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Trajectories of informal care intensity among the oldest-old Chinese

Hu, Bo (2020) Trajectories of informal care intensity among the oldest-old Chinese. Social Science & Medicine, 266. ISSN 0277-9536

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Identification Number: 10.1016/j.socscimed.2020.113338


Countries around the world face increasing demand for long-term care in the older population. Yet, the longitudinal patterns of long-term care use and the underlying predictors have not been well understood, which impedes efficient care planning and timely service delivery. This study investigates the trajectories of informal care intensity in the oldest-old Chinese population and identifies the most important predictors of care trajectories. The data come from four waves of the Chinese Longitudinal Health Longevity Survey (CLHLS 2005–2014, N = 10,292). We conducted the latent trajectory analysis (LTA) to cluster people's diverse trajectories into a finite number of groups. We built machine learning (ML) models to predict people's care trajectories and ranked the relative importance of the predictors. The LTA identified three distinct trajectories of informal care intensity: the low, increased and high intensity trajectories. Care intensity increases in all three trajectories. Older people with more severe limitations, females, urban residents, people with a higher income, and people with more daughters in the first wave are more likely to follow the increased or high intensity trajectory rather than the low intensity trajectory in the following decade. The random forest classifier has the best overall prediction performance among the four machine learning models. Its prediction accuracy can be further improved via model optimisation. Oldest-old people in China follow divergent trajectories of care utilisation, and inequality of informal care intensity is discernible across time, demonstrating the need for timely and targeted delivery of government support to those who need it most. Accurate prediction of care trajectories will be of great value to policy makers and practitioners in relation to the planning of personalised care and the equitable allocation of care resources.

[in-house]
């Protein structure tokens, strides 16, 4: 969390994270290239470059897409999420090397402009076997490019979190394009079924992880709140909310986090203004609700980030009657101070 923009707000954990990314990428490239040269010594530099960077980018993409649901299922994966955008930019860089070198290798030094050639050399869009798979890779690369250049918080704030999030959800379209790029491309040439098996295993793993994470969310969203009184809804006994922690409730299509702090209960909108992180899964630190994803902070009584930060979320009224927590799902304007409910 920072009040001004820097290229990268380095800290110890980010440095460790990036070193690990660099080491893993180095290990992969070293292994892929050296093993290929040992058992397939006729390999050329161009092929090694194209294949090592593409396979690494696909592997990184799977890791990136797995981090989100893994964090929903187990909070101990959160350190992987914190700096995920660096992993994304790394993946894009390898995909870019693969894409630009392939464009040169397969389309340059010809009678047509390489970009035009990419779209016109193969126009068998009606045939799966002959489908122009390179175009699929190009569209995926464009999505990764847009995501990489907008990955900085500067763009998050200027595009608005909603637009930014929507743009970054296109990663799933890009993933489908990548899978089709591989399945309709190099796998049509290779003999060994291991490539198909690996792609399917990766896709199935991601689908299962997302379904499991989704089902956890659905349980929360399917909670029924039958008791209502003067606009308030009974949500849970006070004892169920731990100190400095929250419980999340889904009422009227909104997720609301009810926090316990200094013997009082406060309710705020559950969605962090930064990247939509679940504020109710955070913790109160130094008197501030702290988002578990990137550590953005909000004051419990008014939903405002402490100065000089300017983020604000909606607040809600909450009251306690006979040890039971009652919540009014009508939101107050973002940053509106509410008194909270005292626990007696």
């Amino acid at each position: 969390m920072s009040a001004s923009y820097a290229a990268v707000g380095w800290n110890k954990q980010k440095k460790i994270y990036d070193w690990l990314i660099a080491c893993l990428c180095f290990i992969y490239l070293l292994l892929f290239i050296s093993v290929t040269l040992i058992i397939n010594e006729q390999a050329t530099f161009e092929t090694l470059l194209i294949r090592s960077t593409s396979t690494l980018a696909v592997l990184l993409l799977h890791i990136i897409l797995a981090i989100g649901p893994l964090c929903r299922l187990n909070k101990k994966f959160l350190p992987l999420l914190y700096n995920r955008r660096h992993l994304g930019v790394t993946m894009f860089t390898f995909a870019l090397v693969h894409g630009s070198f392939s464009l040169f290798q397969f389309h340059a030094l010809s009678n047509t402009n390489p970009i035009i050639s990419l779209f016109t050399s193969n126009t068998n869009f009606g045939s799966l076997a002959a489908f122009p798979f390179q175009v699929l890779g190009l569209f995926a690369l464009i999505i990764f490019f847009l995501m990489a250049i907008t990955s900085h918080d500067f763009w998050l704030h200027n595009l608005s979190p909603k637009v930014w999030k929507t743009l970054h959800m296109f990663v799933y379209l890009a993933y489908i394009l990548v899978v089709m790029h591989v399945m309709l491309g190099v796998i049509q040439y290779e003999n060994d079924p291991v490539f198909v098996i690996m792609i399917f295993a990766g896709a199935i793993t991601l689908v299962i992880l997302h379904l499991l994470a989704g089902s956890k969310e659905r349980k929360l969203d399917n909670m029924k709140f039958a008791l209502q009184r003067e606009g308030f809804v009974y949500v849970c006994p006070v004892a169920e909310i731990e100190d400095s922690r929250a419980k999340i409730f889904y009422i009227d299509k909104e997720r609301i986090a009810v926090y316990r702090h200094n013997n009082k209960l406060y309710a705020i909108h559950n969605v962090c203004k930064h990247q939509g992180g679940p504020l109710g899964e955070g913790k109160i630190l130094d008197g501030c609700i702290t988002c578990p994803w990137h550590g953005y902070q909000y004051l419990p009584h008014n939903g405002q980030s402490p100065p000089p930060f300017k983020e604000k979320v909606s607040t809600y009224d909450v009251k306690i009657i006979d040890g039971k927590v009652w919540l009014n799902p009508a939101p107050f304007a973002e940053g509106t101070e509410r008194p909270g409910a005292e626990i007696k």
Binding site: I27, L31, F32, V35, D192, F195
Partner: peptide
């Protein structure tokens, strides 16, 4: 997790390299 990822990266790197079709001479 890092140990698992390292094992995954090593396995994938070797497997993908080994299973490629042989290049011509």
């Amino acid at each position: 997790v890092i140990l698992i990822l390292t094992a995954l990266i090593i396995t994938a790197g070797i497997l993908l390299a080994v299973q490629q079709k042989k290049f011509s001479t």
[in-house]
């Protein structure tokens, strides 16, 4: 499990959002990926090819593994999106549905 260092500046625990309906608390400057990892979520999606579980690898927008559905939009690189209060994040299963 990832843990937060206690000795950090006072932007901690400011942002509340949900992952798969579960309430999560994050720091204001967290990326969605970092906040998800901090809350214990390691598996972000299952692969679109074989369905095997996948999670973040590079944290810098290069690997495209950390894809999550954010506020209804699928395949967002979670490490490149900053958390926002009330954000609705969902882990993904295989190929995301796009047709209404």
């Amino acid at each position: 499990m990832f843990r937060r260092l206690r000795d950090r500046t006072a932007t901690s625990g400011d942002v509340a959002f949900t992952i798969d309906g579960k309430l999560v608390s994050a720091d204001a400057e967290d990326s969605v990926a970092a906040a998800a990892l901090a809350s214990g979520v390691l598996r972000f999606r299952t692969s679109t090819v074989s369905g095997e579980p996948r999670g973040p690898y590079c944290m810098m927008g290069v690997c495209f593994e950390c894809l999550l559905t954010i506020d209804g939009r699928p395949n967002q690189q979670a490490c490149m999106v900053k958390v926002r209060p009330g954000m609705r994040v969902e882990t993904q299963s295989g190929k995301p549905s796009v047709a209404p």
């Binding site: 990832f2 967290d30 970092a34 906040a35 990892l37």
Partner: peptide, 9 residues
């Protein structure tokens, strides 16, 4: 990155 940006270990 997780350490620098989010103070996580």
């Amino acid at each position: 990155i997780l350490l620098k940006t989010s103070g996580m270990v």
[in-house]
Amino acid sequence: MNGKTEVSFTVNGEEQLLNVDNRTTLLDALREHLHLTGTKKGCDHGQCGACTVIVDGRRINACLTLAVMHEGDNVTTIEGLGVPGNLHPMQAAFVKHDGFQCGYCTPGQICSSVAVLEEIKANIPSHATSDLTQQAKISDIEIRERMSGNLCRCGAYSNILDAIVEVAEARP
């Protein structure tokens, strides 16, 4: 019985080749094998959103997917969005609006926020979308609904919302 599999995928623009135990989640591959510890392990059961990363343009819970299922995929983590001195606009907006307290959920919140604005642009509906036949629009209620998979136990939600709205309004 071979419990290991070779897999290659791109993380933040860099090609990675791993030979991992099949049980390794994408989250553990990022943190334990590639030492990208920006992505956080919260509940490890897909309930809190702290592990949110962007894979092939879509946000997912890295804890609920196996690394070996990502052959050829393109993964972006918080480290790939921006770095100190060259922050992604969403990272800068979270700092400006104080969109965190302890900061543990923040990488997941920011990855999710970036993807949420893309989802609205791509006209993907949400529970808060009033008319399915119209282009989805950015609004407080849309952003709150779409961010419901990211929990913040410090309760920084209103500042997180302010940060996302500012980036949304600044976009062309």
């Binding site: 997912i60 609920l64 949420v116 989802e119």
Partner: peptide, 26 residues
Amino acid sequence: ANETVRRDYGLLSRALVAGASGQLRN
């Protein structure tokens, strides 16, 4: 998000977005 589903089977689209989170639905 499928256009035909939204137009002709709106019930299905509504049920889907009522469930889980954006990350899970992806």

Item Type: Article
Official URL:
Additional Information: © 2020 Elsevier Ltd
Divisions: Personal Social Services Research Unit
Subjects: H Social Sciences > HV Social pathology. Social and public welfare. Criminology
R Medicine > RA Public aspects of medicine
Date Deposited: 17 Sep 2020 10:54
Last Modified: 28 Jun 2024 01:06

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